August 19, 2022

Wealth Matters: Assessing the Value of Owning Dividend-Paying Stocks

So when I heard recently that some advisers were using dividend-paying stocks to coax people who still hold their money in cash or low-yielding bonds back into the equity markets, my ears perked up.

After all, dividend-paying stocks were largely ignored in the high-growth years for much of the past two decades. Companies that pay dividends, like Coca-Cola, McDonald’s, Caterpillar and Johnson Johnson, are established corporations with none of the go-go appeal of a technology start-up.

On the other hand, the people running those start-ups often had (and still do have) a good portion of their compensation tied up in stock options. And those options become more attractive the higher the stock price goes, making growth much more important than returning any capital to investors through dividends.

And until President George W. Bush’s tax changes in 2003, dividends were taxed at ordinary income tax rates, not the lower capital gains rate.

“The way the tax code was written, it made companies go for capital gains over dividends,” said Jason Trennert, managing director at Strategas Research Partners. “It made people make imprudent decisions. Dividends remind executives four times a year that it’s not their company.”

Mr. Trennert said that many clients of Strategas, which has headquarters in New York, are reporting increased interest in dividend-paying stocks. That could produce a chicken and egg situation of companies increasing or initiating dividends if investors are asking for them. The advisers and analysts I spoke to who favored dividend-paying stocks as a crucial part of anyone’s portfolio were divided into two camps.

The first offered more sentimental reasons. Kenneth Kamen, president of Mercadien Asset Management in Hamilton, N.J., said he had a relative in his 80s who has held a handful of dividend-paying stocks since the 1970s. Until recently, he reinvested the dividends to buy more shares. But with the stocks now worth more than $1 million and with the average dividend yield of 4.5 percent, the relative stopped reinvesting the dividends and now receives $61,000 a year in income.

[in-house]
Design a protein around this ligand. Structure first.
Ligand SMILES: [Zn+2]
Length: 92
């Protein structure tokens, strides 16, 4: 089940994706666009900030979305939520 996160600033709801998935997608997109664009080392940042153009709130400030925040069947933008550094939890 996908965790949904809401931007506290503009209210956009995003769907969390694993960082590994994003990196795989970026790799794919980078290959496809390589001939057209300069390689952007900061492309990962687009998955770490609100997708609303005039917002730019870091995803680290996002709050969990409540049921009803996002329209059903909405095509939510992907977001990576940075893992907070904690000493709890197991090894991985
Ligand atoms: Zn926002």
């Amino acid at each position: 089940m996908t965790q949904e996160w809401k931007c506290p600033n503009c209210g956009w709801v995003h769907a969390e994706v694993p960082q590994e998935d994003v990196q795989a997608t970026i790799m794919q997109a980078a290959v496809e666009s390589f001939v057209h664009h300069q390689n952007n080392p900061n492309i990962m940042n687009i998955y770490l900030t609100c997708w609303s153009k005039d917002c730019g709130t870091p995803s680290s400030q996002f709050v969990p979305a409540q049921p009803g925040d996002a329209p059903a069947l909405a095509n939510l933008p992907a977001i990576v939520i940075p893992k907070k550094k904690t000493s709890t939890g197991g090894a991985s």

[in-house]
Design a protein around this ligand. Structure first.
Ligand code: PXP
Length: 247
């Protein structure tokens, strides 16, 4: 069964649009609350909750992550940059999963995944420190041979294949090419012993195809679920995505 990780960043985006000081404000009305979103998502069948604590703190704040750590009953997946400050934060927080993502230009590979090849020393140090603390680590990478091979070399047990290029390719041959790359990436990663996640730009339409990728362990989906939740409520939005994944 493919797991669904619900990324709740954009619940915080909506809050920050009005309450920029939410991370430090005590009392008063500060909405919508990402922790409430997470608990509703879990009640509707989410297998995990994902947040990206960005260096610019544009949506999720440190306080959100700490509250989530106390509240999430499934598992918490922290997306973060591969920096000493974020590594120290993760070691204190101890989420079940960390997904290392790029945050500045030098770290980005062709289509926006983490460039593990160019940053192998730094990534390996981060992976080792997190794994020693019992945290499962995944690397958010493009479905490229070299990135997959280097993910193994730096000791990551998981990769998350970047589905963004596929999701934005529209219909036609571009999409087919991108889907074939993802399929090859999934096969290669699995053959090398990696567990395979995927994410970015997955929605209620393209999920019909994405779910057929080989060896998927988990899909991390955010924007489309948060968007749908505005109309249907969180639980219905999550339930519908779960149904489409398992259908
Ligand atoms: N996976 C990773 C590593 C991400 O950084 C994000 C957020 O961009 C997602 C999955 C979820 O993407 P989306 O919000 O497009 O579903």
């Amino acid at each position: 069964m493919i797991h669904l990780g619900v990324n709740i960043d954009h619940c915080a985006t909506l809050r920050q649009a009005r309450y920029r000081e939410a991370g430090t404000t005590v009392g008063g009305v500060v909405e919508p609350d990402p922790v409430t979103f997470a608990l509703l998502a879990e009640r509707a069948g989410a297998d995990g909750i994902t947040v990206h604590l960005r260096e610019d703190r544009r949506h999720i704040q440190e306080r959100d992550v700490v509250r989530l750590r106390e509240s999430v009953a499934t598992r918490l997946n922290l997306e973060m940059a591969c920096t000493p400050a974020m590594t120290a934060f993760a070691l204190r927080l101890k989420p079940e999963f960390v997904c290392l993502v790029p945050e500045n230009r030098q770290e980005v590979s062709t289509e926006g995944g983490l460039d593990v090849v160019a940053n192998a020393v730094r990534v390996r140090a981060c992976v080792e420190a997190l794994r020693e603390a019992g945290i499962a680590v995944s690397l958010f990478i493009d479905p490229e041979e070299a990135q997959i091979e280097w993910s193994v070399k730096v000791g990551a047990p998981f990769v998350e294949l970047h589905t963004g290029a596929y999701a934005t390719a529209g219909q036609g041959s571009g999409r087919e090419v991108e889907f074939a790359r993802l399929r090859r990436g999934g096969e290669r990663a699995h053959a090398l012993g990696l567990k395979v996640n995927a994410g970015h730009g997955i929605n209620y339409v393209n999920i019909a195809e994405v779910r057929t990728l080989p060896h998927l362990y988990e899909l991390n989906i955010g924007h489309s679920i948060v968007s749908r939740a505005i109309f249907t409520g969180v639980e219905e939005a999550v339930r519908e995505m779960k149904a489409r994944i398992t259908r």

Mr. Kamen said his relative’s rationale back in the 1970s is still sound: if the company paid a dividend, it was probably sound. “He said, ‘We didn’t have access to all this information,’ ” Mr. Kamen said. “Dividend-paying stocks represented an interesting form of research for him. You can’t fake cash.”

The second group considers these stocks to be a counterweight to portfolios excessively weighted toward supersafe investments, since the performance of those investments is going to lag over time.

Catherine Avery, who runs an investment advisory company under her name in New Canaan, Conn., said she is telling her clients that 54 percent of the returns in stocks since 1928 have come from dividends. Ms. Avery also notes that companies like Johnson Johnson and Emerson Electric have maintained unbroken streaks of increasing their dividends — 49 years in the case of Johnson Johnson and 53 years for Emerson.

She said she has been making these points to encourage clients who have resisted investing in equities since the recession to buy stocks again. “They missed two big years in the markets,” she said. “Now we’re reaching out to people and telling them this is your dead last chance to get back into the market at attractive valuations.”

The reality, though, is most people own dividend-paying stocks even if they don’t think of them in those terms. At the end of 2010, 373 companies in the Standard Poor’s 500-stock index paid dividends. That is nearly 75 percent of the companies in the index that most investors track.

What follows is a more detailed assessment of the pros and cons of owning dividend-paying stocks.

THE UPSIDES All things being equal, dividend-paying stocks have several advantages.

Article source: http://feeds.nytimes.com/click.phdo?i=b4569ed1fead942c24196ce4cae30a7c

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